Thursday, June 25, 2015

ACM Institute on College Futures

Earlier this week, the ACM office hosted the Institute on College Futures here in Chicago.  This was my first opportunity to attend the event and to say it was impressive would be an understatement.  Faculty and administrators from all 14 member campuses attended the institute.  Throughout the two-day event, participants were given information on the following topics:

  • The Economics of Higher Education - Jill Tiefenthaler (President, Colorado College)
  • The Tuition Driven School’s Dilemma - Scott Bierman (President, Beloit College)
  • The Liberal Arts College Financial Model - Michael T. Orr (Krebs Provost and Dean of the Faculty, Lake Forest College)
  • Financial Challenges for the Future - David Wheaton (Vice President for Administration and Finance, Macalester College)

In addition to hearing from experts in the field of higher education finance, participants were also broken out into groups to react and engage about current events and articles surrounding this topic and the sector issue of “why college costs so much.”  The dialogue was robust and impactful at all of the sessions.  Finally, participants were charged with creating specific ways to encourage discussion and continue the conversation on their campuses.  After doing so, they were asked to share with other campuses and then the larger group.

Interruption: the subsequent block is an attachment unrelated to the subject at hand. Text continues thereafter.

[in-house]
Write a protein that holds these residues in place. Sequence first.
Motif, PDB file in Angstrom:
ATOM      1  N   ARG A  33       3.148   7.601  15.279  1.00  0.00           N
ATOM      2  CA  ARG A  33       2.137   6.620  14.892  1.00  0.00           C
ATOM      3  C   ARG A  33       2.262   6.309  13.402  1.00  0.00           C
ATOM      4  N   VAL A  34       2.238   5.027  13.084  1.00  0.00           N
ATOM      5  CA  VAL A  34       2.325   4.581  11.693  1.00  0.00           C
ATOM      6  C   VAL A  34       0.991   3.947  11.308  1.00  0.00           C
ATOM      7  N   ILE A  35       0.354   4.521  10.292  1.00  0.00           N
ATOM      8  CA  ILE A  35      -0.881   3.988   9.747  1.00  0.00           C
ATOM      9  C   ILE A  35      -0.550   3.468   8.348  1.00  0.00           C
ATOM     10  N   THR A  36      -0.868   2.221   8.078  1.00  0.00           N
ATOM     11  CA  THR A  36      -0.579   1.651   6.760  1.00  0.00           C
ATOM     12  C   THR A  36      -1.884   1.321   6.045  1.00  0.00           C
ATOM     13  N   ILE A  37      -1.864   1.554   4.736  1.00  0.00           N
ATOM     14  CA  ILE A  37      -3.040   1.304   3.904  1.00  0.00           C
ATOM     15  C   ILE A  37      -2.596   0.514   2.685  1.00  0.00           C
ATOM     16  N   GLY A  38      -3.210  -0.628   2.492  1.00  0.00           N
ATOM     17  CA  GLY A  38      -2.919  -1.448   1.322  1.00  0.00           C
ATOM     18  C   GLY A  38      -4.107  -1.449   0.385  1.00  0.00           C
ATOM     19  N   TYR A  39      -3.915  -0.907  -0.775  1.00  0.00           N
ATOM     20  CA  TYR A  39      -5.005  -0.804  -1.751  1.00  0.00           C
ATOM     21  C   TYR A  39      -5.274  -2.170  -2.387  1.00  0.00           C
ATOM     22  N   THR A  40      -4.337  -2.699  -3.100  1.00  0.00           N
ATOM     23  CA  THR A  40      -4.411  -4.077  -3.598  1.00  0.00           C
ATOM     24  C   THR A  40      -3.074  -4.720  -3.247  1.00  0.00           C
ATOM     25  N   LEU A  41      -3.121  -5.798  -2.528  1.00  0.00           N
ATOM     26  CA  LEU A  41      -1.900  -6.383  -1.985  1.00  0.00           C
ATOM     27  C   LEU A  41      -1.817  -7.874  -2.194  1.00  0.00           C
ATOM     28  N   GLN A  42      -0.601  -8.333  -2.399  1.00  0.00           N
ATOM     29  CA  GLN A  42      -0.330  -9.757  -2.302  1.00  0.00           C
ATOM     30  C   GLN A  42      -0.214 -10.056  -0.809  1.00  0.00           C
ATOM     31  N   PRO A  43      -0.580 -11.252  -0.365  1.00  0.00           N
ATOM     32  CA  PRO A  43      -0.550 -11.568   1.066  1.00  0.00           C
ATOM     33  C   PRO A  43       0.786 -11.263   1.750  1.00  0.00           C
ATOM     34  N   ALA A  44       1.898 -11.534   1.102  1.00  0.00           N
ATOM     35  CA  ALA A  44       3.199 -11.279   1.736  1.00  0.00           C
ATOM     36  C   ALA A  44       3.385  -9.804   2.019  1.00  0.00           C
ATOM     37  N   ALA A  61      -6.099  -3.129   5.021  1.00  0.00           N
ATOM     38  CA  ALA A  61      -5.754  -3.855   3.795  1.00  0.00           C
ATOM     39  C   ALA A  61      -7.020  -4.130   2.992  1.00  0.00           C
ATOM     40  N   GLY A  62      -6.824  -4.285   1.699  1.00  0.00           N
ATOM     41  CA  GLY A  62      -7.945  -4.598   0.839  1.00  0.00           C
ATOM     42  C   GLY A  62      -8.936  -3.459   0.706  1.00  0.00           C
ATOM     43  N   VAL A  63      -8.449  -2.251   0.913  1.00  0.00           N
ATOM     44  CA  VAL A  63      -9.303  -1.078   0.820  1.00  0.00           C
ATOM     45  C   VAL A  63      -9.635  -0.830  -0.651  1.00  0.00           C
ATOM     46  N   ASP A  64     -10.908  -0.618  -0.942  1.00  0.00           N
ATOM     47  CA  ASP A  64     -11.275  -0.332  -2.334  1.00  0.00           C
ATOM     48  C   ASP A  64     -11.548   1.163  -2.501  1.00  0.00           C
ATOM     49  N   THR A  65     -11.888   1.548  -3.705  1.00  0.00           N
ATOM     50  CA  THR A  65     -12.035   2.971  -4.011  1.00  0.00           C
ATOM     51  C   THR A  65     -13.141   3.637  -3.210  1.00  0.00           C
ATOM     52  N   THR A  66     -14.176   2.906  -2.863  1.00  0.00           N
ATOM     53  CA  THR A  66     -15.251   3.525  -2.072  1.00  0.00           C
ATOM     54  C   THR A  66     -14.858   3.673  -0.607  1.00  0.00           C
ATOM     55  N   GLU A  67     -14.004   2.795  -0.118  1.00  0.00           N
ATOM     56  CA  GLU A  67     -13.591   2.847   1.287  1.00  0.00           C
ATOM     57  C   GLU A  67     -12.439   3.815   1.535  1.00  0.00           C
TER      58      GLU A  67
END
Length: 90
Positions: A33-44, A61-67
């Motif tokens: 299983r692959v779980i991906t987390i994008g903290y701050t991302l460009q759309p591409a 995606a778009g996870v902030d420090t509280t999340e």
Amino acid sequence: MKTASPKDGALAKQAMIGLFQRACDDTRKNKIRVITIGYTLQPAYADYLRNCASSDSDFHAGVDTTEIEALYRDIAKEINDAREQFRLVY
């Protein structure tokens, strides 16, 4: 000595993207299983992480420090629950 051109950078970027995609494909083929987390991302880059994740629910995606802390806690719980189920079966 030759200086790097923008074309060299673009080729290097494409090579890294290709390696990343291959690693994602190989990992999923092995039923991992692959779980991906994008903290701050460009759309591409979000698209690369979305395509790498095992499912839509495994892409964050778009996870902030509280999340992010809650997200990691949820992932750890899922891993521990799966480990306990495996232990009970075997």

The conversations and discussions revolved around how to show the value of a liberal arts education and demystified what the true cost of attending college is.  Most importantly, however, students and creating an environment that was conducive to learning were at the heart of the discussion.  So, although it was not focused directly on technology, although it did come up as both a cost and a benefit, this allowed me and my colleagues to gain an even deeper understanding of the already rich relationship of collaboration that exists at the ACM.


For more information on the Institute, you can click on the link above.  To see summary videos by the presenters, click here.

No comments: